Thursday, March 16, 2023

Grainne Ni Aodha, PA

Mary Lou McDonald has played down the significance of Sinn Féin backed newspaper adverts in the US calling for a date for an Irish unity referendum.

The Sinn Féin president’s comments came after Taoiseach Leo Varadkar branded the ads unhelpful.

Mr Varadkar expressed concern at the publication of the adverts at what he described as a “sensitive moment” in efforts to restore powersharing in Northern Ireland.

Paid for by Friends of Sinn Féin Inc, they were carried in papers such as The New York Times and The Washington Post on Wednesday morning.

DUP leader Sir Jeffrey Donaldson criticised the adverts, saying it was “incredible” that Sinn Féin was focusing on a “divisive border poll campaign” that, he claimed, would create further divisions in Northern Ireland.

Ms McDonald, Sinn Féin vice president Michelle O’Neill, Mr Varadkar and Mr Donaldson are among the politicians in Washington this week for St Patrick’s Day events.

Asked about the adverts at a gala dinner in the US capital, the Sinn Féin leader said: “They’re ads from Irish American organisations whose view on reunification is well known and held for a very long time and they take out ads every year.

“So, the focus now needs to be on getting back to work (at Stormont), whatever your political persuasion, whatever your view on the constitutional issue, we need the Assembly and we need government back up and running.”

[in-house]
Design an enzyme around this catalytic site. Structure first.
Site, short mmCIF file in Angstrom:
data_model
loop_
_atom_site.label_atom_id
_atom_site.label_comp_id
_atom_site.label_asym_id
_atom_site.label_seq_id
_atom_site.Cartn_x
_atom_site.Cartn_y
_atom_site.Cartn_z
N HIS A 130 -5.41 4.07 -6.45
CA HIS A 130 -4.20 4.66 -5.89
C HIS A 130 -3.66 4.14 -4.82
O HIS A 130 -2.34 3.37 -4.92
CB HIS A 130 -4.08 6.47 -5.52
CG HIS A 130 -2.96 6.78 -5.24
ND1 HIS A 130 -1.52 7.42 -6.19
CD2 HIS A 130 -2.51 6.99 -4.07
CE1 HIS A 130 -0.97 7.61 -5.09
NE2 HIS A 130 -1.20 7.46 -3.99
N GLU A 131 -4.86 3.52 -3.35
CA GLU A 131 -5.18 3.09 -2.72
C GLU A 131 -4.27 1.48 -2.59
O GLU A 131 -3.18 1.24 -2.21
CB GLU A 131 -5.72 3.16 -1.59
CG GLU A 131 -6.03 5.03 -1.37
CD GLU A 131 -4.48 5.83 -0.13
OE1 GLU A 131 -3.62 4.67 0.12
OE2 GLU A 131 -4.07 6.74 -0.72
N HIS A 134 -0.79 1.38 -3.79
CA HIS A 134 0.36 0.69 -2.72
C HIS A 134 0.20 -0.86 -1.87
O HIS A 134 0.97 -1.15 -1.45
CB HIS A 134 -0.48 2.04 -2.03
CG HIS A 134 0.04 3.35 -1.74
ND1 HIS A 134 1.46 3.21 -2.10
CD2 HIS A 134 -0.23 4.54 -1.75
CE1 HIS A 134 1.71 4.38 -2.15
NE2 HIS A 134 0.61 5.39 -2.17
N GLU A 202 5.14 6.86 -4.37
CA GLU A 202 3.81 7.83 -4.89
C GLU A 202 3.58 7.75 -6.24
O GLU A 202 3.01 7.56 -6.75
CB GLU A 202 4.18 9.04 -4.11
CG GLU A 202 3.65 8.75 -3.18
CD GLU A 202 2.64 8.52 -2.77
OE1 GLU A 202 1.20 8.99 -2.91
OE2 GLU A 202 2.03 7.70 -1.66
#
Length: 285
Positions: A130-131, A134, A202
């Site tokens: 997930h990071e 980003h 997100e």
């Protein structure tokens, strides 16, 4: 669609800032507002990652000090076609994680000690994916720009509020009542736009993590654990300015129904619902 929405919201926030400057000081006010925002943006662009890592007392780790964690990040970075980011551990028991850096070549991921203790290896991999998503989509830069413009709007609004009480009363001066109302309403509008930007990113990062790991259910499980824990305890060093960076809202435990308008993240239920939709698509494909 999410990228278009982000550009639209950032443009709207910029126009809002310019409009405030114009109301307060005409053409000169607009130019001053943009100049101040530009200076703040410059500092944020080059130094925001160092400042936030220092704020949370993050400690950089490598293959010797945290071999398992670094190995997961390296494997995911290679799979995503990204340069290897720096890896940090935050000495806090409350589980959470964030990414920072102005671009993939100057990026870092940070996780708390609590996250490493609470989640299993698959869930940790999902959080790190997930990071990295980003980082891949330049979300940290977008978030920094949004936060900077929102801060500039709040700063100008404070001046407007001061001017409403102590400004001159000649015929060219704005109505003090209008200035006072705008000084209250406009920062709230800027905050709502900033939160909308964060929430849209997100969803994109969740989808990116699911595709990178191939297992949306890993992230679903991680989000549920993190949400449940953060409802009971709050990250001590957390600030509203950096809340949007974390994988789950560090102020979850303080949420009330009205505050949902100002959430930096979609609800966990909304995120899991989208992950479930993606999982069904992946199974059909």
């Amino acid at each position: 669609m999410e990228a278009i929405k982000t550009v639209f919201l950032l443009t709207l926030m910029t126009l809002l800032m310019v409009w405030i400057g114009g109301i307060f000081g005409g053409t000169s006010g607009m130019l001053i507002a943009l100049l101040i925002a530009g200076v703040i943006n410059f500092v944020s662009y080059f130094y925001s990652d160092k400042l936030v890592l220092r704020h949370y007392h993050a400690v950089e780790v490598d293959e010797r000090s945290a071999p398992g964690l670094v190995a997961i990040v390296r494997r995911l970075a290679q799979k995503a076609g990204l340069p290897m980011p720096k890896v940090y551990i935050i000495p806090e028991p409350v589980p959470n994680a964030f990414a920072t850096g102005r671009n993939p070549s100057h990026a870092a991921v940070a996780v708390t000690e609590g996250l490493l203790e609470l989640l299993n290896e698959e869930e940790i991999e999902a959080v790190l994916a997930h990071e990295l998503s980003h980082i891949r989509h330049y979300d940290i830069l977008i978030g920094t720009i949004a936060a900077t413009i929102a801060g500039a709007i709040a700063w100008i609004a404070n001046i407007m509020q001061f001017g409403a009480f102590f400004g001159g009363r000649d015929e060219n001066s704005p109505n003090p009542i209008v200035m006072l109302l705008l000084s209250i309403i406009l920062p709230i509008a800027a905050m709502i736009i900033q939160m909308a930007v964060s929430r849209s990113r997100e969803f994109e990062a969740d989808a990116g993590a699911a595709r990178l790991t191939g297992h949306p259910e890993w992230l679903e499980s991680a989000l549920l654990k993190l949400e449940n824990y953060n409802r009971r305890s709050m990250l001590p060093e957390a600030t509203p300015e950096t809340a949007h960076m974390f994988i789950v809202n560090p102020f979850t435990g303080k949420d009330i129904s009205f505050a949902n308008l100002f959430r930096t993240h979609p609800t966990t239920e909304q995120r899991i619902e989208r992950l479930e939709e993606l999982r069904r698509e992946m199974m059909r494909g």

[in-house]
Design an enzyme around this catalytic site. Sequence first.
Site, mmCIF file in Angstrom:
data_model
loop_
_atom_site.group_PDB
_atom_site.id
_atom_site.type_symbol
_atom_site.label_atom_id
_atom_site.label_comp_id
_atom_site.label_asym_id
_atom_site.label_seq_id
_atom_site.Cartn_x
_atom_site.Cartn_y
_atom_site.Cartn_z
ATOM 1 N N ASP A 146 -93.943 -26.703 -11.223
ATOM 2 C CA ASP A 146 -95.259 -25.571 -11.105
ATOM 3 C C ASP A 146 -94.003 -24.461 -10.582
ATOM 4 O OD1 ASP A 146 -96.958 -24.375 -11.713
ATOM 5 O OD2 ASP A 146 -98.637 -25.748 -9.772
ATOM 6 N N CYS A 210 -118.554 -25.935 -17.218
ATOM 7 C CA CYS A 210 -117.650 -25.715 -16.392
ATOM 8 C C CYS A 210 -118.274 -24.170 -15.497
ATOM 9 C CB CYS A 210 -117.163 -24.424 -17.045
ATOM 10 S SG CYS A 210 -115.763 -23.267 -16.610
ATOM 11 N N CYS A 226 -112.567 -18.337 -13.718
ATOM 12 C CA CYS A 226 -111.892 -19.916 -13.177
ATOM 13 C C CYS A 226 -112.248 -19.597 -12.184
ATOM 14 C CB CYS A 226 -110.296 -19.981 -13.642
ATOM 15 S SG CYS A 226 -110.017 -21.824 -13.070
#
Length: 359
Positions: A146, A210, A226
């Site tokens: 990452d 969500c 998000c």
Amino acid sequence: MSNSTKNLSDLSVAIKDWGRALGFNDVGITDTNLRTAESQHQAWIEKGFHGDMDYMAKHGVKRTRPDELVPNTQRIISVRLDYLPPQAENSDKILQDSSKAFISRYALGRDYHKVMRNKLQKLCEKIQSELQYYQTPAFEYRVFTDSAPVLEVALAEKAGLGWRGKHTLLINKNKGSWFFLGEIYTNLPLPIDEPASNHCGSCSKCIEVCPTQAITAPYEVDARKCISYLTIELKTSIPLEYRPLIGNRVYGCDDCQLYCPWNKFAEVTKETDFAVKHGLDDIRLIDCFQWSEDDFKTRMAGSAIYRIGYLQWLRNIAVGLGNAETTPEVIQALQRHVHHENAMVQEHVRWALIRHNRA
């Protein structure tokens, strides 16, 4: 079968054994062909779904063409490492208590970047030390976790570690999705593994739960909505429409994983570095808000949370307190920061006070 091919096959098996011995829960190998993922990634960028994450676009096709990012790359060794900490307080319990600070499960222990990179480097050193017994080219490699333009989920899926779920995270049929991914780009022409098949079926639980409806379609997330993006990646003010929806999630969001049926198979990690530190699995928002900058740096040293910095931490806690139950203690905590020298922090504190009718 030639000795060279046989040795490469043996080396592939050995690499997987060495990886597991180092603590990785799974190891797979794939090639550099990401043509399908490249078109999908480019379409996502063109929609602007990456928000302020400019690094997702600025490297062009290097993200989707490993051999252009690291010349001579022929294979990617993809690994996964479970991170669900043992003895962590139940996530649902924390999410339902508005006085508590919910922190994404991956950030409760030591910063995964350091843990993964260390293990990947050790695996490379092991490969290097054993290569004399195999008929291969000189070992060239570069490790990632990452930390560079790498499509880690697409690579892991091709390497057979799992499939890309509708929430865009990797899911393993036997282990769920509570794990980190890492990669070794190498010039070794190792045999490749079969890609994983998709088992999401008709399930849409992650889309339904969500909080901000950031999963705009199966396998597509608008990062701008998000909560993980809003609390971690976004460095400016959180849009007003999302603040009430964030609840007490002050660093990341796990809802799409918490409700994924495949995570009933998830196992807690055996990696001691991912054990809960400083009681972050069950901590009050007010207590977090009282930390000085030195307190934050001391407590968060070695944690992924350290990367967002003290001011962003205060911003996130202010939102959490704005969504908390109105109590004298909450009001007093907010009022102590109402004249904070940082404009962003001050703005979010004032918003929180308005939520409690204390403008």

Taoiseach visit to the US
Taoiseach Leo Varadkar speaking at the Mayflower Hotel in Washington, DC (Niall Carson/PA)

The week of high-profile engagements in Washington come at a time when the DUP continues to consider whether it will accept the EU and UK’s new post-Brexit deal on trading arrangements for Northern Ireland – the Windsor Framework.

Earlier this week, Mr Donaldson said the framework does not deal with some “fundamental problems” created by the contentious Northern Ireland Protocol.

The DUP is currently blocking the functioning of devolution in Belfast in protest at the trade barriers the protocol has created between Britain and Northern Ireland.

Ms McDonald said it was reasonable for the DUP to seek clarification on the deal, but she made clear it would not be renegotiated. She insisted the DUP should drop its Stormont boycott while it was deliberating on the framework.

“I think it’s very clear on this side of the Atlantic that there is a huge anticipation of progress on the resumption of government,” she said.

“I think it’s very clear that there’s huge support and a big international focus on what happens in Ireland. And I really, really hope that people grasp this opportunity with great positivity. The negotiation is over, the agreement has been struck.

“The DUP have questions for clarification. I acknowledge that and I think that’s reasonable. So do we (have questions), but the reality is that we need to get the Assembly back up and running and we need the executive to work for everybody.”

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